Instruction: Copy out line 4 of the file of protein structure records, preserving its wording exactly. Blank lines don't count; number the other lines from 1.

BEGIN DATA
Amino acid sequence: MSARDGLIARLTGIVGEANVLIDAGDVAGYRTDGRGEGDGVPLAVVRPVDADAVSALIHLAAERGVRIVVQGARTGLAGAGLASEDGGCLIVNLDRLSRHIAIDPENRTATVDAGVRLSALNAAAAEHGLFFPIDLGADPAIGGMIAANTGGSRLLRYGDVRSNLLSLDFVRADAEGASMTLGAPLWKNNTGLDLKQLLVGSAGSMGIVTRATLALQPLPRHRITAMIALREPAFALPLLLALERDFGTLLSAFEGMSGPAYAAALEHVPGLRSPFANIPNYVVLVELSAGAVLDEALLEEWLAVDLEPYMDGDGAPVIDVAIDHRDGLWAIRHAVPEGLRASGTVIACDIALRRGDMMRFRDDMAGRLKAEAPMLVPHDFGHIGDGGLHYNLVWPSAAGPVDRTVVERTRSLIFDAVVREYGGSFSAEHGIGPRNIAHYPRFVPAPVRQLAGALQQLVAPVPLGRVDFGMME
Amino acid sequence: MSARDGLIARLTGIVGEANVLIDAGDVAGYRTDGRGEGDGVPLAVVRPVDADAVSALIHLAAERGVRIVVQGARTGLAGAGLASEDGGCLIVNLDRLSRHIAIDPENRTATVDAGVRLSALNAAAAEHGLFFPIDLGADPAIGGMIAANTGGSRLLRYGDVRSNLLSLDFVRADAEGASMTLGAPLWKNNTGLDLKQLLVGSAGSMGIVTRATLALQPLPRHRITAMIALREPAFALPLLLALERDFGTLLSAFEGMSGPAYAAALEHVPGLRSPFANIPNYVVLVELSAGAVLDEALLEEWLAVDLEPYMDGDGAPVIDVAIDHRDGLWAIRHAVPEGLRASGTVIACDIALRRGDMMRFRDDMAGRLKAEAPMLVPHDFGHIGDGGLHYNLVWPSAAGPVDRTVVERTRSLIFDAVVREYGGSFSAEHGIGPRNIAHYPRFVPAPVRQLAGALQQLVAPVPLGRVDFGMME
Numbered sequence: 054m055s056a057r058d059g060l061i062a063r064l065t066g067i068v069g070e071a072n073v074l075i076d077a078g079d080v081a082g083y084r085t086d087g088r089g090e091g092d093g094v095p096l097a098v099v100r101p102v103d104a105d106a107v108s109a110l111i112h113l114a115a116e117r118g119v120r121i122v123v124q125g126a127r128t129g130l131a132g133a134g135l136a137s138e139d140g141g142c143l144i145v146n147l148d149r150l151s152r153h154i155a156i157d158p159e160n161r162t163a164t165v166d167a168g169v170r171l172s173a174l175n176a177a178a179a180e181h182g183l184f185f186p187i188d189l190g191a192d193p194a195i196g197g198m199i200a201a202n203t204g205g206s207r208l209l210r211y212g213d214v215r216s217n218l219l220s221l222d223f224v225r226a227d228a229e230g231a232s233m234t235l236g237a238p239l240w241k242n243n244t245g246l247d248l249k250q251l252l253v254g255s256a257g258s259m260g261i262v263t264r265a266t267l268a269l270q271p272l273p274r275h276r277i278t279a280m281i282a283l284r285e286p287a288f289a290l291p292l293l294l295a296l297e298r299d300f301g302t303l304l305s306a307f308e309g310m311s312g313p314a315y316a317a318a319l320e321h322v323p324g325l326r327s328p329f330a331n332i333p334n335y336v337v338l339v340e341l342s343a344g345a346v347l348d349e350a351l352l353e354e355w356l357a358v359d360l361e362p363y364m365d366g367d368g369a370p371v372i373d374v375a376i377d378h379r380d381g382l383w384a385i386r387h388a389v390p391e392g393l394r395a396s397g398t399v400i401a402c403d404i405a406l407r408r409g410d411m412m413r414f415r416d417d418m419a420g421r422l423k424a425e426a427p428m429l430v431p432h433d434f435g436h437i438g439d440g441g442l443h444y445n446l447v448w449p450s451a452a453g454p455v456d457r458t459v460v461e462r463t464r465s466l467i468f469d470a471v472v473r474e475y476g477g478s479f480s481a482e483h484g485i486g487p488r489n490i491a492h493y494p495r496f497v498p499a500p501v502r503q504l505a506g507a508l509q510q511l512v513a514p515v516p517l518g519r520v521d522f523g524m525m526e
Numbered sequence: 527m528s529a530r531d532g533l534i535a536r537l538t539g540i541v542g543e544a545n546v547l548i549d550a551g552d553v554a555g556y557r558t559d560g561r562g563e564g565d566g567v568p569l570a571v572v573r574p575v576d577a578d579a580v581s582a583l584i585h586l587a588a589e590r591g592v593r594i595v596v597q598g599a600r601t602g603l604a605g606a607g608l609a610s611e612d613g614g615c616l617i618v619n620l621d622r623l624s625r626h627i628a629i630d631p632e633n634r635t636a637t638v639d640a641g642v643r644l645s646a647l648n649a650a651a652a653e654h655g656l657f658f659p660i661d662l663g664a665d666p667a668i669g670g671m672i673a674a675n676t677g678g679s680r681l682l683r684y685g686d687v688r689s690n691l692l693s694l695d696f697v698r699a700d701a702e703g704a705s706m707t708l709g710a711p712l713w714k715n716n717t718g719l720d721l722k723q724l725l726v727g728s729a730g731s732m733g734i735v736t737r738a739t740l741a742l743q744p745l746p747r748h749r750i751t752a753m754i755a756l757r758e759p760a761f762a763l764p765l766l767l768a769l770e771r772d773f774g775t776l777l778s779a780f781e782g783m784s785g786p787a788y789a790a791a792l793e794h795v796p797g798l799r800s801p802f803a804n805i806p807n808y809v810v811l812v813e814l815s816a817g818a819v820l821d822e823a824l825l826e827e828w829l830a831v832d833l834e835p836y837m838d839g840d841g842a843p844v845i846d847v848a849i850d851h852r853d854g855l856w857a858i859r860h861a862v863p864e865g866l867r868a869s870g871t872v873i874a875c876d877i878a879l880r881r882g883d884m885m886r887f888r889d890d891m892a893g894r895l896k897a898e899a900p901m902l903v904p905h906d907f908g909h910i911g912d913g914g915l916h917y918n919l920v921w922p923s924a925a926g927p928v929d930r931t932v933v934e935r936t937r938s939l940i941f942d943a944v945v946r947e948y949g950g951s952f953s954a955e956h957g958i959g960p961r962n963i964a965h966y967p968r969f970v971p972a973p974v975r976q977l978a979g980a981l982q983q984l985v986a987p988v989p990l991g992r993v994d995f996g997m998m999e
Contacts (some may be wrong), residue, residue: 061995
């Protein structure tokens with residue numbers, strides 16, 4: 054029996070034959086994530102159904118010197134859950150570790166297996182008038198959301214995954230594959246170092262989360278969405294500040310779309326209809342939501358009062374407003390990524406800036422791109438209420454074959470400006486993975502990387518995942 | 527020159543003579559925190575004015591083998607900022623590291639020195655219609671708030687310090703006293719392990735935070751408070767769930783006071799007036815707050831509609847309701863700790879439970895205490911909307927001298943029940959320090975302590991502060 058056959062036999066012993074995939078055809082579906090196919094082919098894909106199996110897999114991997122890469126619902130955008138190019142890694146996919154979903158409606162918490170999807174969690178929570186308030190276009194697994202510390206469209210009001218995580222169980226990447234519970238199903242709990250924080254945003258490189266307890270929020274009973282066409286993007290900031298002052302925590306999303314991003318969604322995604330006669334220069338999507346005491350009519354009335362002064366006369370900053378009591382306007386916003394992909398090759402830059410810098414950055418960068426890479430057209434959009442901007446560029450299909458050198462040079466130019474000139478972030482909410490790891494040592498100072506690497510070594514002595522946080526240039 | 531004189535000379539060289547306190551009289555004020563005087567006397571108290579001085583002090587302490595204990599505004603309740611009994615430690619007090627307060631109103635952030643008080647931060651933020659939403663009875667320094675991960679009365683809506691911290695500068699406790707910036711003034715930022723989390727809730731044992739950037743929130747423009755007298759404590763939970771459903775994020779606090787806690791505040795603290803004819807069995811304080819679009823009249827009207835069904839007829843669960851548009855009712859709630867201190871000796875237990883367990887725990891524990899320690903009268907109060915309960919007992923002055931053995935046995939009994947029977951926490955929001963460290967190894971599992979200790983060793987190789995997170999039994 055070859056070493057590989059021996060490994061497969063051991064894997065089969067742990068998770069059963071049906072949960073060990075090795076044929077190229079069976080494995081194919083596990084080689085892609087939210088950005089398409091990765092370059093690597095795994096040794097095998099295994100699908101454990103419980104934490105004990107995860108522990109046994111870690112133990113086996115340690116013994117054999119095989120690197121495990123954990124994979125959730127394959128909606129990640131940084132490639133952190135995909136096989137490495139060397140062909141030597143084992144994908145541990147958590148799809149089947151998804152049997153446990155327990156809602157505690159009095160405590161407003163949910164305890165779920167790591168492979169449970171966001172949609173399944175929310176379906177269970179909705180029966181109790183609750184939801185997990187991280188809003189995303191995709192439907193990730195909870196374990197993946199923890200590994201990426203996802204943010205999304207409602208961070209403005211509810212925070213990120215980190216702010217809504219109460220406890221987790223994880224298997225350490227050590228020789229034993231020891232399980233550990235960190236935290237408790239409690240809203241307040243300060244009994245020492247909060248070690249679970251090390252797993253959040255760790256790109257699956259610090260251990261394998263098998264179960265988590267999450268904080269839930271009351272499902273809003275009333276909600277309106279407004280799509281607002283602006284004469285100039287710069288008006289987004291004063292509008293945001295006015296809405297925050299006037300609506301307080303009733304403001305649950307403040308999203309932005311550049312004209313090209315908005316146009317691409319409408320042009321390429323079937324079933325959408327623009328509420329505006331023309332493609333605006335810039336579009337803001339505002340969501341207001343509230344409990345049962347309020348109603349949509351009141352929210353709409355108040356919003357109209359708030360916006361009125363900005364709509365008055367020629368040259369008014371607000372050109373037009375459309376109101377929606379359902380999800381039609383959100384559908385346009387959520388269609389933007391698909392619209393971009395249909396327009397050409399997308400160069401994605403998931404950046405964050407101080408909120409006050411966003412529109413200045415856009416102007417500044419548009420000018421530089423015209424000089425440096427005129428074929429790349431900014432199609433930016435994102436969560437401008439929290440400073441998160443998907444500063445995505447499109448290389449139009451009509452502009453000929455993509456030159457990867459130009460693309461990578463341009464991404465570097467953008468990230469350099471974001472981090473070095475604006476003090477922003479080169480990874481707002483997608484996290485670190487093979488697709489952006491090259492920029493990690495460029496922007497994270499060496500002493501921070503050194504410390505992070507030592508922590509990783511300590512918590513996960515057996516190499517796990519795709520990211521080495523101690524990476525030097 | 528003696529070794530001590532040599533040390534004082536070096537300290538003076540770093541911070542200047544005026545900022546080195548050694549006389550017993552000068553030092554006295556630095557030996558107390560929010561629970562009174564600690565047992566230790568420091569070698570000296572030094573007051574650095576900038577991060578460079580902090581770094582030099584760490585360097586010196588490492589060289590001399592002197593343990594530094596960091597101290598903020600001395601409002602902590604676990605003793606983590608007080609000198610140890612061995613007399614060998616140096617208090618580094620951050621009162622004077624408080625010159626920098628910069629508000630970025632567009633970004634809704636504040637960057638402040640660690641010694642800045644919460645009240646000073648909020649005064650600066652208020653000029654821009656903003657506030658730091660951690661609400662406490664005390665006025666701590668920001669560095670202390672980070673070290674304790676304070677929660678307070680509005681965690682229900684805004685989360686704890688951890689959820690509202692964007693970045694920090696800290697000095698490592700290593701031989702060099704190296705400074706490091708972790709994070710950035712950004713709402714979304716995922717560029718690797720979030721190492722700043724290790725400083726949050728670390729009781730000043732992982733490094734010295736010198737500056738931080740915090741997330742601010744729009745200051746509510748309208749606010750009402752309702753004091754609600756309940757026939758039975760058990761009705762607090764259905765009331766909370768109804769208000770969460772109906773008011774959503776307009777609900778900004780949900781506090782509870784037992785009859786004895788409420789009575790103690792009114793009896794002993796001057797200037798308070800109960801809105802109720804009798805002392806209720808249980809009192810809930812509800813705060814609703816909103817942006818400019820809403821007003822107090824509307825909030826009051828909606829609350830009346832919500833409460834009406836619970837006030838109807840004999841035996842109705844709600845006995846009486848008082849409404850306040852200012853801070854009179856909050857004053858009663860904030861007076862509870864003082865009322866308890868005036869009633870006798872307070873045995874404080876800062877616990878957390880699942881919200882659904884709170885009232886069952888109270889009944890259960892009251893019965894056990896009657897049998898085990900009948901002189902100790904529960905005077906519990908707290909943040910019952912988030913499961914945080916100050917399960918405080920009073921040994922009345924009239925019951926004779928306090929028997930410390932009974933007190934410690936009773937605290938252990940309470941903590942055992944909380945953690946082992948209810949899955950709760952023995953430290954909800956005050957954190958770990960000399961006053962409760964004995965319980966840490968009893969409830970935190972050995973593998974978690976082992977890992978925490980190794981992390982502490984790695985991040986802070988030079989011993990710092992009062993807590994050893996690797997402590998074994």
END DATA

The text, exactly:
Numbered sequence: 527m528s529a530r531d532g533l534i535a536r537l538t539g540i541v542g543e544a545n546v547l548i549d550a551g552d553v554a555g556y557r558t559d560g561r562g563e564g565d566g567v568p569l570a571v572v573r574p575v576d577a578d579a580v581s582a583l584i585h586l587a588a589e590r591g592v593r594i595v596v597q598g599a600r601t602g603l604a605g606a607g608l609a610s611e612d613g614g615c616l617i618v619n620l621d622r623l624s625r626h627i628a629i630d631p632e633n634r635t636a637t638v639d640a641g642v643r644l645s646a647l648n649a650a651a652a653e654h655g656l657f658f659p660i661d662l663g664a665d666p667a668i669g670g671m672i673a674a675n676t677g678g679s680r681l682l683r684y685g686d687v688r689s690n691l692l693s694l695d696f697v698r699a700d701a702e703g704a705s706m707t708l709g710a711p712l713w714k715n716n717t718g719l720d721l722k723q724l725l726v727g728s729a730g731s732m733g734i735v736t737r738a739t740l741a742l743q744p745l746p747r748h749r750i751t752a753m754i755a756l757r758e759p760a761f762a763l764p765l766l767l768a769l770e771r772d773f774g775t776l777l778s779a780f781e782g783m784s785g786p787a788y789a790a791a792l793e794h795v796p797g798l799r800s801p802f803a804n805i806p807n808y809v810v811l812v813e814l815s816a817g818a819v820l821d822e823a824l825l826e827e828w829l830a831v832d833l834e835p836y837m838d839g840d841g842a843p844v845i846d847v848a849i850d851h852r853d854g855l856w857a858i859r860h861a862v863p864e865g866l867r868a869s870g871t872v873i874a875c876d877i878a879l880r881r882g883d884m885m886r887f888r889d890d891m892a893g894r895l896k897a898e899a900p901m902l903v904p905h906d907f908g909h910i911g912d913g914g915l916h917y918n919l920v921w922p923s924a925a926g927p928v929d930r931t932v933v934e935r936t937r938s939l940i941f942d943a944v945v946r947e948y949g950g951s952f953s954a955e956h957g958i959g960p961r962n963i964a965h966y967p968r969f970v971p972a973p974v975r976q977l978a979g980a981l982q983q984l985v986a987p988v989p990l991g992r993v994d995f996g997m998m999e